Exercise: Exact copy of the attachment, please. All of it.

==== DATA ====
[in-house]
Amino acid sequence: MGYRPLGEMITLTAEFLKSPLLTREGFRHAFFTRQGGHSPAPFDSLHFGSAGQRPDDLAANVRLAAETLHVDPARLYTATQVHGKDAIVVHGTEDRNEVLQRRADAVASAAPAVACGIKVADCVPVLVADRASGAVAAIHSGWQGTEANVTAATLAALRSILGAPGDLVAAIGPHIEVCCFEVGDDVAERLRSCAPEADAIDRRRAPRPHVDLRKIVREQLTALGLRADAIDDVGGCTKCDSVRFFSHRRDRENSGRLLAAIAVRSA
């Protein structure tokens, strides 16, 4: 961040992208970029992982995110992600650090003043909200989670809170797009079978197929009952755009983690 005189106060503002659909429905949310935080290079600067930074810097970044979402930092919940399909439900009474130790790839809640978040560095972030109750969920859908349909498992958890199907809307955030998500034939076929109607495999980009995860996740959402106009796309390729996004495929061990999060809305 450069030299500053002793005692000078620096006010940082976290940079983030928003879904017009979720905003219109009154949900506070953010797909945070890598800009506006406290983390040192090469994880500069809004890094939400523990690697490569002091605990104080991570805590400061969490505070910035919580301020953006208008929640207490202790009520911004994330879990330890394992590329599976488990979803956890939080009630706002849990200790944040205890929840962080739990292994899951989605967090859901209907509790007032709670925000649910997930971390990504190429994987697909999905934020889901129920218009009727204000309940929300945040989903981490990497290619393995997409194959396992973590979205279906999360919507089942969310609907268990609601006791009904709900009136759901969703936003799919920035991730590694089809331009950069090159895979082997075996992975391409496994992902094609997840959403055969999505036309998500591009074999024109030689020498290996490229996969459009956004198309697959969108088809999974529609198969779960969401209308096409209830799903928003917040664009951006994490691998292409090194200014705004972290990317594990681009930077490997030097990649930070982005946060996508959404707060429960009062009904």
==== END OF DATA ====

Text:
[in-house]
Amino acid sequence: MGYRPLGEMITLTAEFLKSPLLTREGFRHAFFTRQGGHSPAPFDSLHFGSAGQRPDDLAANVRLAAETLHVDPARLYTATQVHGKDAIVVHGTEDRNEVLQRRADAVASAAPAVACGIKVADCVPVLVADRASGAVAAIHSGWQGTEANVTAATLAALRSILGAPGDLVAAIGPHIEVCCFEVGDDVAERLRSCAPEADAIDRRRAPRPHVDLRKIVREQLTALGLRADAIDDVGGCTKCDSVRFFSHRRDRENSGRLLAAIAVRSA
């Protein structure tokens, strides 16, 4: 961040992208970029992982995110992600650090003043909200989670809170797009079978197929009952755009983690 005189106060503002659909429905949310935080290079600067930074810097970044979402930092919940399909439900009474130790790839809640978040560095972030109750969920859908349909498992958890199907809307955030998500034939076929109607495999980009995860996740959402106009796309390729996004495929061990999060809305 450069030299500053002793005692000078620096006010940082976290940079983030928003879904017009979720905003219109009154949900506070953010797909945070890598800009506006406290983390040192090469994880500069809004890094939400523990690697490569002091605990104080991570805590400061969490505070910035919580301020953006208008929640207490202790009520911004994330879990330890394992590329599976488990979803956890939080009630706002849990200790944040205890929840962080739990292994899951989605967090859901209907509790007032709670925000649910997930971390990504190429994987697909999905934020889901129920218009009727204000309940929300945040989903981490990497290619393995997409194959396992973590979205279906999360919507089942969310609907268990609601006791009904709900009136759901969703936003799919920035991730590694089809331009950069090159895979082997075996992975391409496994992902094609997840959403055969999505036309998500591009074999024109030689020498290996490229996969459009956004198309697959969108088809999974529609198969779960969401209308096409209830799903928003917040664009951006994490691998292409090194200014705004972290990317594990681009930077490997030097990649930070982005946060996508959404707060429960009062009904």